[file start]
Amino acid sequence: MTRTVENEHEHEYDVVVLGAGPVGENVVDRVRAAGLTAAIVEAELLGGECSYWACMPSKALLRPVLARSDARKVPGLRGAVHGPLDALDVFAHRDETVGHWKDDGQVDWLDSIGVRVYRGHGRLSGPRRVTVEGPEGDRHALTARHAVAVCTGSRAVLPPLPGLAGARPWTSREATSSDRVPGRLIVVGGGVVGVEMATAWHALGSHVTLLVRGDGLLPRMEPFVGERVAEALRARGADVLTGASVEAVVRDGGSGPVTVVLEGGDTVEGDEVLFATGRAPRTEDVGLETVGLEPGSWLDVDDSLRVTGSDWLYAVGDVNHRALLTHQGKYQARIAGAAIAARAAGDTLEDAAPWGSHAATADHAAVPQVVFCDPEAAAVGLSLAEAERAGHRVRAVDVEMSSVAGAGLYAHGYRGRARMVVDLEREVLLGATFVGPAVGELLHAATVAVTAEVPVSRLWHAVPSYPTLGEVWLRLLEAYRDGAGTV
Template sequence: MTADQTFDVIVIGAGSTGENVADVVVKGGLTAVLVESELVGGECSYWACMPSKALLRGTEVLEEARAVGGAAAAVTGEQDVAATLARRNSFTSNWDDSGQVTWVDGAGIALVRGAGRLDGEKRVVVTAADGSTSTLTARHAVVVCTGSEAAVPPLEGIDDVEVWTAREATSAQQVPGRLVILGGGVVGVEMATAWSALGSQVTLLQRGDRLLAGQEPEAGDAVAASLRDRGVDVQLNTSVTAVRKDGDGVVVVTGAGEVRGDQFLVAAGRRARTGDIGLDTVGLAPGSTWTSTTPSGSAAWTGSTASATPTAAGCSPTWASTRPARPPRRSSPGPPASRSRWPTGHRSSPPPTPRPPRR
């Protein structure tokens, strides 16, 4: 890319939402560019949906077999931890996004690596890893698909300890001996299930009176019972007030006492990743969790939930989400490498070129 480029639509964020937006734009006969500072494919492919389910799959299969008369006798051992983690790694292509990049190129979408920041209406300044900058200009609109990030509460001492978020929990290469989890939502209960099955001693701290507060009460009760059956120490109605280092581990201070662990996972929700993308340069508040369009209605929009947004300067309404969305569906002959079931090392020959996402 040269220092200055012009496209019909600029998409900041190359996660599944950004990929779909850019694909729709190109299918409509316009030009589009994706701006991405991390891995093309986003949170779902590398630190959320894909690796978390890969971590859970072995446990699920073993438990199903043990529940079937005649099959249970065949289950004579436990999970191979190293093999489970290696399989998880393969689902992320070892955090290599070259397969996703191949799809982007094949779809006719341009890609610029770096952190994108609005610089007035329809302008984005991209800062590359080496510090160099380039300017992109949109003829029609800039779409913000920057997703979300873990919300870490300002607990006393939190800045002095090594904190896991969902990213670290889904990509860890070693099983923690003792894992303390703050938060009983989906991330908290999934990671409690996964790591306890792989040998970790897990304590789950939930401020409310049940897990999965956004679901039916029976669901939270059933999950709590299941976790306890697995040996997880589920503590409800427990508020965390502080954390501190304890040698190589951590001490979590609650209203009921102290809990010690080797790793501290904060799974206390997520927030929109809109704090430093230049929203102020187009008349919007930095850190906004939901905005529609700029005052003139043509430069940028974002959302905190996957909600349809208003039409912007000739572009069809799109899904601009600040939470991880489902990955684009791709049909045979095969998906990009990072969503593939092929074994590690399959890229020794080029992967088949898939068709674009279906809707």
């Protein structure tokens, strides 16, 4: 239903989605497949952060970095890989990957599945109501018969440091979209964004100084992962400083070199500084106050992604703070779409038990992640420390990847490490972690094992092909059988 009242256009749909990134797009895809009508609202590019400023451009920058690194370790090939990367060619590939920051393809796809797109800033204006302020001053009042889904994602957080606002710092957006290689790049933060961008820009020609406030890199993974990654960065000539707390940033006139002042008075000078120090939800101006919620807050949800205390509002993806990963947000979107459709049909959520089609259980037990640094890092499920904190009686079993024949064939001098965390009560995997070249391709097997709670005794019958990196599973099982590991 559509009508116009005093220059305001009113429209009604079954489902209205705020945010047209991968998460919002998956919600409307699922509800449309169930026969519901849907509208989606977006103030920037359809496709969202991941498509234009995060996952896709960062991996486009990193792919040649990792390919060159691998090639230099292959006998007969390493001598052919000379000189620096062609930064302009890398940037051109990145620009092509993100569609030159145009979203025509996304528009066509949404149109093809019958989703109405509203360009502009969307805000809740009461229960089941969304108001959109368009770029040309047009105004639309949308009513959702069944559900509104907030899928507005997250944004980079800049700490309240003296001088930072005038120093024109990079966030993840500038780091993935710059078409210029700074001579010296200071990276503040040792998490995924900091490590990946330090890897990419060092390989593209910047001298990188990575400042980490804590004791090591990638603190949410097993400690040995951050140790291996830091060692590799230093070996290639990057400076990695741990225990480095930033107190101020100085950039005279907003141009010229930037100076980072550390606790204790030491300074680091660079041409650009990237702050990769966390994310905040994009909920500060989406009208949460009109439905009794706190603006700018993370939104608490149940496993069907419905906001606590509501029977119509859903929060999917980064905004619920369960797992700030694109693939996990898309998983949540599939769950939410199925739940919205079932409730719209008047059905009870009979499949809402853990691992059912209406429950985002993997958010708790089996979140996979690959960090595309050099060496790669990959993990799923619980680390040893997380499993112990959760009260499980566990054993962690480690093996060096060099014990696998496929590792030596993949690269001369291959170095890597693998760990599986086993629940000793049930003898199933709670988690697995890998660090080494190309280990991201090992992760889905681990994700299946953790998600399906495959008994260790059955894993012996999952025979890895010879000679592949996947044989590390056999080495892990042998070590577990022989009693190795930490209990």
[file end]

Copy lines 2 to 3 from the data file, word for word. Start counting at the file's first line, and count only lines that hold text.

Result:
Template sequence: MTADQTFDVIVIGAGSTGENVADVVVKGGLTAVLVESELVGGECSYWACMPSKALLRGTEVLEEARAVGGAAAAVTGEQDVAATLARRNSFTSNWDDSGQVTWVDGAGIALVRGAGRLDGEKRVVVTAADGSTSTLTARHAVVVCTGSEAAVPPLEGIDDVEVWTAREATSAQQVPGRLVILGGGVVGVEMATAWSALGSQVTLLQRGDRLLAGQEPEAGDAVAASLRDRGVDVQLNTSVTAVRKDGDGVVVVTGAGEVRGDQFLVAAGRRARTGDIGLDTVGLAPGSTWTSTTPSGSAAWTGSTASATPTAAGCSPTWASTRPARPPRRSSPGPPASRSRWPTGHRSSPPPTPRPPRR
């Protein structure tokens, strides 16, 4: 890319939402560019949906077999931890996004690596890893698909300890001996299930009176019972007030006492990743969790939930989400490498070129 480029639509964020937006734009006969500072494919492919389910799959299969008369006798051992983690790694292509990049190129979408920041209406300044900058200009609109990030509460001492978020929990290469989890939502209960099955001693701290507060009460009760059956120490109605280092581990201070662990996972929700993308340069508040369009209605929009947004300067309404969305569906002959079931090392020959996402 040269220092200055012009496209019909600029998409900041190359996660599944950004990929779909850019694909729709190109299918409509316009030009589009994706701006991405991390891995093309986003949170779902590398630190959320894909690796978390890969971590859970072995446990699920073993438990199903043990529940079937005649099959249970065949289950004579436990999970191979190293093999489970290696399989998880393969689902992320070892955090290599070259397969996703191949799809982007094949779809006719341009890609610029770096952190994108609005610089007035329809302008984005991209800062590359080496510090160099380039300017992109949109003829029609800039779409913000920057997703979300873990919300870490300002607990006393939190800045002095090594904190896991969902990213670290889904990509860890070693099983923690003792894992303390703050938060009983989906991330908290999934990671409690996964790591306890792989040998970790897990304590789950939930401020409310049940897990999965956004679901039916029976669901939270059933999950709590299941976790306890697995040996997880589920503590409800427990508020965390502080954390501190304890040698190589951590001490979590609650209203009921102290809990010690080797790793501290904060799974206390997520927030929109809109704090430093230049929203102020187009008349919007930095850190906004939901905005529609700029005052003139043509430069940028974002959302905190996957909600349809208003039409912007000739572009069809799109899904601009600040939470991880489902990955684009791709049909045979095969998906990009990072969503593939092929074994590690399959890229020794080029992967088949898939068709674009279906809707």